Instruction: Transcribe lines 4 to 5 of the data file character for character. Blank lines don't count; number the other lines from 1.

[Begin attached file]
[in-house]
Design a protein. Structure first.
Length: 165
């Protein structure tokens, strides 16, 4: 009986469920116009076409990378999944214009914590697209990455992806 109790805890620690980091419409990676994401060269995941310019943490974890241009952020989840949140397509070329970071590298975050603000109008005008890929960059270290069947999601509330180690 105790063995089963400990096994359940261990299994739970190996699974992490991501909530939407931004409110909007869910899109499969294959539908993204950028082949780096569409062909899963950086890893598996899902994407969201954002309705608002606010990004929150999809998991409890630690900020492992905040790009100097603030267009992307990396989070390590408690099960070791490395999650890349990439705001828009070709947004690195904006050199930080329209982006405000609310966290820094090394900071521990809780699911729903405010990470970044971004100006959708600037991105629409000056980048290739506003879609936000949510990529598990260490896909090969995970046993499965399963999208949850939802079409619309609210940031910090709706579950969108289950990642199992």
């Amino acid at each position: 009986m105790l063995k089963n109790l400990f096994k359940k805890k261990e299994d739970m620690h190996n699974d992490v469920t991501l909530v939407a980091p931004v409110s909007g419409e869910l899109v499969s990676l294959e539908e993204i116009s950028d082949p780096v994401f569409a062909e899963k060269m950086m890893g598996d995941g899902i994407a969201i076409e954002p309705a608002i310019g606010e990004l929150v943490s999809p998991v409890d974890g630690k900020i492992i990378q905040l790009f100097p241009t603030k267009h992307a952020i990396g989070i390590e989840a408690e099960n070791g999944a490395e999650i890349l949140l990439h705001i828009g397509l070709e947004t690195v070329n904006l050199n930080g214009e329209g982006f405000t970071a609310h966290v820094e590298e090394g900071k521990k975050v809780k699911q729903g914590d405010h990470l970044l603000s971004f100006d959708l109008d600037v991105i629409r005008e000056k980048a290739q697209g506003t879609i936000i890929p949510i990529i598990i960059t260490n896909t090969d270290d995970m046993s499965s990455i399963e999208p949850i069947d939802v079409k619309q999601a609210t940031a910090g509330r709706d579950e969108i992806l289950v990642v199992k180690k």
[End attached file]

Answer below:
């Protein structure tokens, strides 16, 4: 009986469920116009076409990378999944214009914590697209990455992806 109790805890620690980091419409990676994401060269995941310019943490974890241009952020989840949140397509070329970071590298975050603000109008005008890929960059270290069947999601509330180690 105790063995089963400990096994359940261990299994739970190996699974992490991501909530939407931004409110909007869910899109499969294959539908993204950028082949780096569409062909899963950086890893598996899902994407969201954002309705608002606010990004929150999809998991409890630690900020492992905040790009100097603030267009992307990396989070390590408690099960070791490395999650890349990439705001828009070709947004690195904006050199930080329209982006405000609310966290820094090394900071521990809780699911729903405010990470970044971004100006959708600037991105629409000056980048290739506003879609936000949510990529598990260490896909090969995970046993499965399963999208949850939802079409619309609210940031910090709706579950969108289950990642199992």
């Amino acid at each position: 009986m105790l063995k089963n109790l400990f096994k359940k805890k261990e299994d739970m620690h190996n699974d992490v469920t991501l909530v939407a980091p931004v409110s909007g419409e869910l899109v499969s990676l294959e539908e993204i116009s950028d082949p780096v994401f569409a062909e899963k060269m950086m890893g598996d995941g899902i994407a969201i076409e954002p309705a608002i310019g606010e990004l929150v943490s999809p998991v409890d974890g630690k900020i492992i990378q905040l790009f100097p241009t603030k267009h992307a952020i990396g989070i390590e989840a408690e099960n070791g999944a490395e999650i890349l949140l990439h705001i828009g397509l070709e947004t690195v070329n904006l050199n930080g214009e329209g982006f405000t970071a609310h966290v820094e590298e090394g900071k521990k975050v809780k699911q729903g914590d405010h990470l970044l603000s971004f100006d959708l109008d600037v991105i629409r005008e000056k980048a290739q697209g506003t879609i936000i890929p949510i990529i598990i960059t260490n896909t090969d270290d995970m046993s499965s990455i399963e999208p949850i069947d939802v079409k619309q999601a609210t940031a910090g509330r709706d579950e969108i992806l289950v990642v199992k180690k």